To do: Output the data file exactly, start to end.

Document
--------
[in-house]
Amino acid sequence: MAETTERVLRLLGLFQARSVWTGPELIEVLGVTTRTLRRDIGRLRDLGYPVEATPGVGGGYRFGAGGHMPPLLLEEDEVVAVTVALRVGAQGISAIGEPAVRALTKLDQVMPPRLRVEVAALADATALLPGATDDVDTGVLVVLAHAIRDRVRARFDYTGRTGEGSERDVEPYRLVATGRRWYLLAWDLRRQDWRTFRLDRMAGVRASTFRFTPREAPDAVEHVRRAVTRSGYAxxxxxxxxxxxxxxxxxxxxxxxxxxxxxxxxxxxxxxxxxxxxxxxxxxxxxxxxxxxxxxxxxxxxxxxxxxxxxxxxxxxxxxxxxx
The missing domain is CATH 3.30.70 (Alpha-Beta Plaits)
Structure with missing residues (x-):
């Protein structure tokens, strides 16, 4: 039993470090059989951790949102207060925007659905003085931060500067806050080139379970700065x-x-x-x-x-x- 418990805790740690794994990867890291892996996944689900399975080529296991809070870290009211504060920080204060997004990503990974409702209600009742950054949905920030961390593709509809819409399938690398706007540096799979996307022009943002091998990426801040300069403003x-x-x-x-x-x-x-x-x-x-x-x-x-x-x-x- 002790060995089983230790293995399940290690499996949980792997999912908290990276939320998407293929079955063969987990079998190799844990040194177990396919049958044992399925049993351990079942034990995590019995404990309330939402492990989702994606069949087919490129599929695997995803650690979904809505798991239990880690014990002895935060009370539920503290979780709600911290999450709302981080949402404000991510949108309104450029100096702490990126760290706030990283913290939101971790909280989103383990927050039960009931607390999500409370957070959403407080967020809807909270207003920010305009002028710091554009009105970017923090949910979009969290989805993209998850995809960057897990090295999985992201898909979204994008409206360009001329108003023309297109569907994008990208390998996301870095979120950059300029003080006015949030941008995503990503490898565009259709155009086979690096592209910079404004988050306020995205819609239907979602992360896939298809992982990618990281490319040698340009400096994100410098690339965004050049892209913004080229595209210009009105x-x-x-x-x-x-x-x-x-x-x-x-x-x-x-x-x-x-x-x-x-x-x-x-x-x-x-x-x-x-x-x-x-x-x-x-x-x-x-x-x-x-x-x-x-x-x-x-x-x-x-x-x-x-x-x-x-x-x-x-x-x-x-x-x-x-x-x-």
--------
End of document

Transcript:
[in-house]
Amino acid sequence: MAETTERVLRLLGLFQARSVWTGPELIEVLGVTTRTLRRDIGRLRDLGYPVEATPGVGGGYRFGAGGHMPPLLLEEDEVVAVTVALRVGAQGISAIGEPAVRALTKLDQVMPPRLRVEVAALADATALLPGATDDVDTGVLVVLAHAIRDRVRARFDYTGRTGEGSERDVEPYRLVATGRRWYLLAWDLRRQDWRTFRLDRMAGVRASTFRFTPREAPDAVEHVRRAVTRSGYAxxxxxxxxxxxxxxxxxxxxxxxxxxxxxxxxxxxxxxxxxxxxxxxxxxxxxxxxxxxxxxxxxxxxxxxxxxxxxxxxxxxxxxxxxx
The missing domain is CATH 3.30.70 (Alpha-Beta Plaits)
Structure with missing residues (x-):
């Protein structure tokens, strides 16, 4: 039993470090059989951790949102207060925007659905003085931060500067806050080139379970700065x-x-x-x-x-x- 418990805790740690794994990867890291892996996944689900399975080529296991809070870290009211504060920080204060997004990503990974409702209600009742950054949905920030961390593709509809819409399938690398706007540096799979996307022009943002091998990426801040300069403003x-x-x-x-x-x-x-x-x-x-x-x-x-x-x-x- 002790060995089983230790293995399940290690499996949980792997999912908290990276939320998407293929079955063969987990079998190799844990040194177990396919049958044992399925049993351990079942034990995590019995404990309330939402492990989702994606069949087919490129599929695997995803650690979904809505798991239990880690014990002895935060009370539920503290979780709600911290999450709302981080949402404000991510949108309104450029100096702490990126760290706030990283913290939101971790909280989103383990927050039960009931607390999500409370957070959403407080967020809807909270207003920010305009002028710091554009009105970017923090949910979009969290989805993209998850995809960057897990090295999985992201898909979204994008409206360009001329108003023309297109569907994008990208390998996301870095979120950059300029003080006015949030941008995503990503490898565009259709155009086979690096592209910079404004988050306020995205819609239907979602992360896939298809992982990618990281490319040698340009400096994100410098690339965004050049892209913004080229595209210009009105x-x-x-x-x-x-x-x-x-x-x-x-x-x-x-x-x-x-x-x-x-x-x-x-x-x-x-x-x-x-x-x-x-x-x-x-x-x-x-x-x-x-x-x-x-x-x-x-x-x-x-x-x-x-x-x-x-x-x-x-x-x-x-x-x-x-x-x-």